What would it be like to be changed from a worm to an airplane? The Monarch butterfly can give you an idea for in about 30 days it is transformed from a wormlike caterpillar to a beautiful complex flyer. The story starts with a female Monarch landing on a leaf. This begins the miraculous development of the Monarch from egg to adult.
Just any old leaf will not suffice for a Monarch nursery. The mother Monarch insists on leaves of the poisonous milkweed preferably small and tender ones near a source of water. Even then she is fussy about which final leaf she chooses. Her forelegs have tiny needles which pierce the leaf in order for the Monarch to perform a chemical analysis. Using her other feet and antennae she determines if the leaf has enough water and nutrients to sustain her baby. If it does Mother Monarch lays one tiny egg and goes on looking for 400-800 other suitable leaves.
The female has stored her eggs and male sperm in separate pouches within her body. As she passes an egg through her oviduct it passes over the sperm pouch where a sperm enters it and then a very strong glue is attached to the bottom of the egg. Within this egg is the complete genetic code to guide the growth and navigation of the Monarch butterfly.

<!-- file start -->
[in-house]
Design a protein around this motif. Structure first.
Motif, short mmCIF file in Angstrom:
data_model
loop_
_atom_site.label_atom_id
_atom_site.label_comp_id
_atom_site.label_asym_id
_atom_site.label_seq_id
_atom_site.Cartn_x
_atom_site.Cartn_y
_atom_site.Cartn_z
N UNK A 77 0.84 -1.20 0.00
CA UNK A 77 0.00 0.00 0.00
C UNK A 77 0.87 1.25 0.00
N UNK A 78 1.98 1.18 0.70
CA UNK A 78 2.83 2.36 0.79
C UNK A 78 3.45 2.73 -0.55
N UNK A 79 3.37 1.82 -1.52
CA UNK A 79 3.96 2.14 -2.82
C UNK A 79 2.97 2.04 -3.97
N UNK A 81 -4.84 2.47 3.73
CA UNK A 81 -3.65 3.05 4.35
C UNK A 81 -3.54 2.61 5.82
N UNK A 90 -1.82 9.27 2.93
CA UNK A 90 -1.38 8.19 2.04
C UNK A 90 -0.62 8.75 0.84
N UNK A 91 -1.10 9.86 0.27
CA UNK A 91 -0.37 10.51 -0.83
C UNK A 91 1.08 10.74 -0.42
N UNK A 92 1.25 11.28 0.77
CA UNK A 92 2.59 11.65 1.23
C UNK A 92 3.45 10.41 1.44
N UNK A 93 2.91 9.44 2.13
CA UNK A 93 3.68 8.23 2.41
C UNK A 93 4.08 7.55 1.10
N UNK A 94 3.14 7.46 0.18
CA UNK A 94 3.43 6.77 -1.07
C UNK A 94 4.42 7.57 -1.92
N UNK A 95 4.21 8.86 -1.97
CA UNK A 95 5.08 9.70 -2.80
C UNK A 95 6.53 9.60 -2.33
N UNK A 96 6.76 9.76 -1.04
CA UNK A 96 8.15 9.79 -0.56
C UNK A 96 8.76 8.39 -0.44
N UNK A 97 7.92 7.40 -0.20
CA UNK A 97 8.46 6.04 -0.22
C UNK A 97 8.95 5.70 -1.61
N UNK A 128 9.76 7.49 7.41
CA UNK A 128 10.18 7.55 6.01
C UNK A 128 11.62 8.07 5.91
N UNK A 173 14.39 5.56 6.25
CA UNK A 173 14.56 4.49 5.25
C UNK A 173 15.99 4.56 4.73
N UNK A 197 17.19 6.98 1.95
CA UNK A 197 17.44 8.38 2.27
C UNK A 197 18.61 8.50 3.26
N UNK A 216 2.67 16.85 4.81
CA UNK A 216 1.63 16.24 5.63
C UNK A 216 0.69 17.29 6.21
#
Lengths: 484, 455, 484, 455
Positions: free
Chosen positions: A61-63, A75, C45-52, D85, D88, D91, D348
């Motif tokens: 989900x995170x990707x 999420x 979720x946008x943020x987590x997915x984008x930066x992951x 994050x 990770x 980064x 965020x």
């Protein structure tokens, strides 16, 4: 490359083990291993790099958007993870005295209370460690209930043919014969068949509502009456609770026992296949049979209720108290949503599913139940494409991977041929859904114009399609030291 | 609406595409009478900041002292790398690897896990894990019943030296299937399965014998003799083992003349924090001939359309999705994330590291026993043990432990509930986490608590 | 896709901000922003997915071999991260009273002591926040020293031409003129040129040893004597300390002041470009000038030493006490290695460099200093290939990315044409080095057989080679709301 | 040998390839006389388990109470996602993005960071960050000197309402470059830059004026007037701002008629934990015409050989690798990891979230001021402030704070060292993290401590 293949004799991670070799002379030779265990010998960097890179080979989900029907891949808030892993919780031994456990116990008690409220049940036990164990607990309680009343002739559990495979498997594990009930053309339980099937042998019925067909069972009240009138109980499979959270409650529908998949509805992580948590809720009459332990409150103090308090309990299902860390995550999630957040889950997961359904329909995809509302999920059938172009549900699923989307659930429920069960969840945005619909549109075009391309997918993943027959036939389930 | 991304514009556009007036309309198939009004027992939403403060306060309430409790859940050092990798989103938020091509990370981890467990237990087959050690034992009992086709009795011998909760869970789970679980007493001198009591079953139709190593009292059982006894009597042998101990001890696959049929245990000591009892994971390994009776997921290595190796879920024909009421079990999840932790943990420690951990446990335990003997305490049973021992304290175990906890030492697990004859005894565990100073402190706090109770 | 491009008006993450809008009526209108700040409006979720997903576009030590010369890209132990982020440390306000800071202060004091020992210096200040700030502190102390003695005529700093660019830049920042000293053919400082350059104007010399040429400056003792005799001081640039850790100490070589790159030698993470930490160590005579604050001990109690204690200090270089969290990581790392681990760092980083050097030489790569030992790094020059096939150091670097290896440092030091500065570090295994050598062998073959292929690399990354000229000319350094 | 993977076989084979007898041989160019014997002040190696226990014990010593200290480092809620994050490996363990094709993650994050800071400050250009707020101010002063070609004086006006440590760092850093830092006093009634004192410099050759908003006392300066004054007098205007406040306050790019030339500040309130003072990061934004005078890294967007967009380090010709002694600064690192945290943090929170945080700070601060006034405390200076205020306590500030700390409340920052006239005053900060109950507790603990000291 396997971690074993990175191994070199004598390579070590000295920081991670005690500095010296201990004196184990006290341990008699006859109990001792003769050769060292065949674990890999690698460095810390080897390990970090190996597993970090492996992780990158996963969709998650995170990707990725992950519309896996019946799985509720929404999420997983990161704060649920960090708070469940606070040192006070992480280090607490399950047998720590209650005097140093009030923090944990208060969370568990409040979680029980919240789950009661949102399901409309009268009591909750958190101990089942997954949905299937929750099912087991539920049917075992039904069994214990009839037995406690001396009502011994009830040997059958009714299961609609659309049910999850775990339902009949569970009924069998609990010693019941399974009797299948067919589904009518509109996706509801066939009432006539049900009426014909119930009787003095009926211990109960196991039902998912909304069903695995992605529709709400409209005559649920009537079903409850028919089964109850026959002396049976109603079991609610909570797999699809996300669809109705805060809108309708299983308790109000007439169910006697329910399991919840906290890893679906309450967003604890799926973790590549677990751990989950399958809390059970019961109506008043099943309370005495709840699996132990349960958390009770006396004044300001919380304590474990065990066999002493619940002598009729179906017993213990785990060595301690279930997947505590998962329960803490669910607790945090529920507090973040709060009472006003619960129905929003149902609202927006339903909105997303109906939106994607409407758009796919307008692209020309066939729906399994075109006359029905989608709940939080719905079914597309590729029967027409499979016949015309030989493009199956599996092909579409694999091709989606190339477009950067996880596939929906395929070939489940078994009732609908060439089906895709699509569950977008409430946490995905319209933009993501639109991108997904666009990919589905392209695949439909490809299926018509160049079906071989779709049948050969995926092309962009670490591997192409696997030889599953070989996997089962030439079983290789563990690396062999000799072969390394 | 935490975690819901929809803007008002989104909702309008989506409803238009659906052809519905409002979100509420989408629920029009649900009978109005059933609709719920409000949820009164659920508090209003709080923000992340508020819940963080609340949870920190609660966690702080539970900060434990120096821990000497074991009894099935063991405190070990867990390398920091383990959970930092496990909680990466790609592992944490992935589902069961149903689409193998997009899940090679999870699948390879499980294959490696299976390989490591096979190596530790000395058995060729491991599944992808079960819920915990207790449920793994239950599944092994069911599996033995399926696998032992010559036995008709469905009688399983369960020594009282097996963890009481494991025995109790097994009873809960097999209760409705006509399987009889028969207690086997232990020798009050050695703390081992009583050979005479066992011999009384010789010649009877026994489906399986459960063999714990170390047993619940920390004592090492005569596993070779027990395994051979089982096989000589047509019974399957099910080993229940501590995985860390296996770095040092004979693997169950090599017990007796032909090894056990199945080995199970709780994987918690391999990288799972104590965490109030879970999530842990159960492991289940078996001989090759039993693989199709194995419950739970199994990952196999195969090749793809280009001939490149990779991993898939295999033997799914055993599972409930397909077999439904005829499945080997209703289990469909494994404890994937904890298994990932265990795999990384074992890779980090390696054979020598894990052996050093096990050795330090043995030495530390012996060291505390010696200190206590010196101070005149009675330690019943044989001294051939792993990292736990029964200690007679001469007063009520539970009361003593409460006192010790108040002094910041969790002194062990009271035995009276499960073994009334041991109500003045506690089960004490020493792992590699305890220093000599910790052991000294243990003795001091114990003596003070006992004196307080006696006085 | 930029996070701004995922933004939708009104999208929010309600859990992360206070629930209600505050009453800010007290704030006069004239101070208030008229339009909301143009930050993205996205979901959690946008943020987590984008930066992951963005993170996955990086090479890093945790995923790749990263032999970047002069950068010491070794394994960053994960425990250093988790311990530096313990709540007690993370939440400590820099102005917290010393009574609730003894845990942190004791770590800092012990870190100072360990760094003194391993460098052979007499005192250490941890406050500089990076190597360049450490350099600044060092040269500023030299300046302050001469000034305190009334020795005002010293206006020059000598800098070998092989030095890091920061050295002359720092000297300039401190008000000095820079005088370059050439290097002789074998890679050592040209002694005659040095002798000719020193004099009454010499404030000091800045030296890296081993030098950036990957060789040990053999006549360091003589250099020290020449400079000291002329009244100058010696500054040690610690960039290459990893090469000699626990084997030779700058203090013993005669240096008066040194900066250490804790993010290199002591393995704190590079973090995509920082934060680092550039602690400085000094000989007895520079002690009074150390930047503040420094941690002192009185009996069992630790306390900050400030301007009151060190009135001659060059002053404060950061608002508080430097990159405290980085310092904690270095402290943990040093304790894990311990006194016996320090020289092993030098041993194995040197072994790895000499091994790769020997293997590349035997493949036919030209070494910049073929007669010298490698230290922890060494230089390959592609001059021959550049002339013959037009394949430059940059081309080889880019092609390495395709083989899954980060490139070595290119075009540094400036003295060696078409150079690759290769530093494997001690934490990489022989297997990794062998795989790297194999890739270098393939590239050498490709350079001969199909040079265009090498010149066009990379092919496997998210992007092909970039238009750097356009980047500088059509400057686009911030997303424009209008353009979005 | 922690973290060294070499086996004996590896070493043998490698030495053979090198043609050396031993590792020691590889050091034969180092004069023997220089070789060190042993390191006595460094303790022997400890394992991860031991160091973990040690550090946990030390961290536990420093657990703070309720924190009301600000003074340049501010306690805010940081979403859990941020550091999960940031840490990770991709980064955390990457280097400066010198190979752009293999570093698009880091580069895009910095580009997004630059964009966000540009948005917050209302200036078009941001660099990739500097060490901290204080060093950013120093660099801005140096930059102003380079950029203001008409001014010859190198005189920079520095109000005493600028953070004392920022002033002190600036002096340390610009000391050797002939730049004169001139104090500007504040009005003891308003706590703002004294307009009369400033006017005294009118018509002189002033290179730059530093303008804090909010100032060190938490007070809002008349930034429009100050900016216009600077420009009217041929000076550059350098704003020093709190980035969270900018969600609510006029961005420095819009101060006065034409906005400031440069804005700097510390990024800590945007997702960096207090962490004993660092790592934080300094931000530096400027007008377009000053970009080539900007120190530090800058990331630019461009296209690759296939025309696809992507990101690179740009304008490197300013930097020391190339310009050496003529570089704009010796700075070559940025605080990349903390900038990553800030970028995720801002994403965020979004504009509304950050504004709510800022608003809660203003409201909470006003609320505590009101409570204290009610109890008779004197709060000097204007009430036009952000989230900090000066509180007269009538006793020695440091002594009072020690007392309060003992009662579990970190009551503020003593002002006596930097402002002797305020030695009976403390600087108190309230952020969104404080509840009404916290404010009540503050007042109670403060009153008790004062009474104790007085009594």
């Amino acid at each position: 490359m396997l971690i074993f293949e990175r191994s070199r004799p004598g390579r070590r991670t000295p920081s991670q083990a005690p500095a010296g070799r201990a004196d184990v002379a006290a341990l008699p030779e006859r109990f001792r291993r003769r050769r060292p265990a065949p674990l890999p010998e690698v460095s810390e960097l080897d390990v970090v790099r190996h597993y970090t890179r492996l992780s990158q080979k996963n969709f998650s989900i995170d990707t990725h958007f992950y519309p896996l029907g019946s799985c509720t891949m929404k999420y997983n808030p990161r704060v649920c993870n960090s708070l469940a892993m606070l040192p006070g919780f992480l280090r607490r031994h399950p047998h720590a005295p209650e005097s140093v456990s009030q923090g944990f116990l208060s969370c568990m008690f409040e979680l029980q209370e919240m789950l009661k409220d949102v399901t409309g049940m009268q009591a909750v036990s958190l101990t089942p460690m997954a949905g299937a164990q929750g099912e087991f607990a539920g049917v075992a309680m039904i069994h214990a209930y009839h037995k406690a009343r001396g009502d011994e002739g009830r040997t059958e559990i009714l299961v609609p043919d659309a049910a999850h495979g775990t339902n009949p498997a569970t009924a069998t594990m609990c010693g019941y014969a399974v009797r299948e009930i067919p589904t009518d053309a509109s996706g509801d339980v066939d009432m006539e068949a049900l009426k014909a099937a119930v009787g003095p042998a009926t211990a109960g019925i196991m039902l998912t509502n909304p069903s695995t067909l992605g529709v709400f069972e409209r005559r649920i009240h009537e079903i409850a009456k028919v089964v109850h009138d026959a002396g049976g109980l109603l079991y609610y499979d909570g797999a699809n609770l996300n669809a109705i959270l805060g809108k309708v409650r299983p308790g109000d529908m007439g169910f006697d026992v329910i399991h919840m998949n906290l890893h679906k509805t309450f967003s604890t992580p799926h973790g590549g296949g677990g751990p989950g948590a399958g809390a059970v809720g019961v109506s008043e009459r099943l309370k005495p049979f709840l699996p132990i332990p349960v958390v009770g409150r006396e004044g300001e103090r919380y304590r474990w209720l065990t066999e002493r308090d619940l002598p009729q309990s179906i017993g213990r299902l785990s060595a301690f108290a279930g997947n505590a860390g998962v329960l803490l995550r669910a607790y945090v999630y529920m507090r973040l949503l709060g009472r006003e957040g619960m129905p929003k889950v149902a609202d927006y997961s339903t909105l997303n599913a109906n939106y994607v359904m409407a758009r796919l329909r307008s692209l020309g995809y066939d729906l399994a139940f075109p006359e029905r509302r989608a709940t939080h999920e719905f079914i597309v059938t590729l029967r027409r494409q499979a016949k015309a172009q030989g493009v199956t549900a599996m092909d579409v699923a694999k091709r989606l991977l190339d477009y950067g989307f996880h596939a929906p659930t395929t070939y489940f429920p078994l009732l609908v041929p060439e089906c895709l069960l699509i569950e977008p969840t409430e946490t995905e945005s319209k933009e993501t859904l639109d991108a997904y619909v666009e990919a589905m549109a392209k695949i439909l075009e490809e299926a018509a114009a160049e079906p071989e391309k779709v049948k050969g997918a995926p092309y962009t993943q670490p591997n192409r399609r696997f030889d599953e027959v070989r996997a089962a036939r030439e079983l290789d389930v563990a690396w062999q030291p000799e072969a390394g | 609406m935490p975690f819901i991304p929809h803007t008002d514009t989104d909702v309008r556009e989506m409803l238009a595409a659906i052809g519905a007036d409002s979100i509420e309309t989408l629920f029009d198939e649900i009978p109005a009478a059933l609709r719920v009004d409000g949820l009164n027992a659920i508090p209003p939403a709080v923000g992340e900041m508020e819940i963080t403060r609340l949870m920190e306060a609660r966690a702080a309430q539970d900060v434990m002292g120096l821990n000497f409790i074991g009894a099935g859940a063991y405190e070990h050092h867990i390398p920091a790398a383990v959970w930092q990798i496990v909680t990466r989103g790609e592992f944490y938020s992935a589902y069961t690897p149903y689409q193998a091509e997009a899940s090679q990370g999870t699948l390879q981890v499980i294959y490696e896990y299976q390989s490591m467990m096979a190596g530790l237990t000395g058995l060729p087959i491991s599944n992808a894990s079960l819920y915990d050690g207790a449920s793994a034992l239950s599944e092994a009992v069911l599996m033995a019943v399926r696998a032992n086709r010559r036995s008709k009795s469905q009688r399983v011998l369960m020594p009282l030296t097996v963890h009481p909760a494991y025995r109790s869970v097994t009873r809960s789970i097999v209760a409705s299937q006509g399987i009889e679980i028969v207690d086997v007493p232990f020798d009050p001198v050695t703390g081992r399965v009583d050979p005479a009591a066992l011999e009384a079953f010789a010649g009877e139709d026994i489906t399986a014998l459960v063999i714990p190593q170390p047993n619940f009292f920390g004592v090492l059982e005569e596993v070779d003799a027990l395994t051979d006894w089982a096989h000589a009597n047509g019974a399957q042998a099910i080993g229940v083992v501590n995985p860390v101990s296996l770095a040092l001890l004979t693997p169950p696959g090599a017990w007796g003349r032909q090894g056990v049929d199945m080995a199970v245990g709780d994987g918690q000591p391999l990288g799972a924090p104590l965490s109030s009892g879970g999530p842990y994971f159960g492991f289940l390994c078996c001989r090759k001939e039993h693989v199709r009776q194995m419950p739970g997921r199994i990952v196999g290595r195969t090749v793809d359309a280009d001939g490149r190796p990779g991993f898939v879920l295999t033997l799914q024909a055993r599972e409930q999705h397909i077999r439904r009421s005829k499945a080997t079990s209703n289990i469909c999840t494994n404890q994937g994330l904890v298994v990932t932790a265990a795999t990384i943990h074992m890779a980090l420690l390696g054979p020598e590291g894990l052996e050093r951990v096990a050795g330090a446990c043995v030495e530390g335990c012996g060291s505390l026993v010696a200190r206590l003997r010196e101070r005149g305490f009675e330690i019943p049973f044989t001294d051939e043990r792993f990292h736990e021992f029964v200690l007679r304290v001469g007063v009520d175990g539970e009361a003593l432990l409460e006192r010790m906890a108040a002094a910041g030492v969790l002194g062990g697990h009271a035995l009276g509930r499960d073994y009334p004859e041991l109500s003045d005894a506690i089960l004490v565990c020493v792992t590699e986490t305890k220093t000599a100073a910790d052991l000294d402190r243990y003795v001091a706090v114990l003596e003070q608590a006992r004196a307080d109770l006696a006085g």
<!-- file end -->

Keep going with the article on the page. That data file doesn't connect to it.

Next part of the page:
In about three days the two millimeter larva (caterpillar) emerges. It has feelers, mouthparts, a digestive system, a silk gland, blood, a heart, and a brain all held in place by its exoskeleton. It is designed to eat only milkweed and would rather starve without it. The tiny legs have claws or suction cups created perfectly for the needs of the caterpillar. The spinneret produces a silk thread that dries in about two seconds and is used to support the caterpillar as it molts. After 4-5 molts (20 days after the egg was laid) the elegant yellow, black, and white striped baby Monarch has increased its weight 2700 times which would be equivalent to a 6 pound human baby growing to 8 tons! Now, the caterpillar is ready for the next amazing stage of life.
The last molt takes about 60 seconds. The caterpillar spins a silk pad which varies in strength and style according to the surface on which it is placed. The caterpillar hangs upside down in a J shape and sheds its final skin ending in a crucial blind connection of microscopic hooks to the silk pad. The Monarch is now helpless in a gem-like green chrysalis containing a band of metallic gold spots that resemble a crown. While in this pupal stage for about eight days it is mostly a liquid, but still has a beating heart. When the metamorphosis is complete the Monarch usually emerges in the morning after sunrise. It pumps fluid into its wings and is ready to fly anywhere it wants.
The metamorphosis of the Monarch is miraculous. To believe this happens by accident is to display an incredible faith.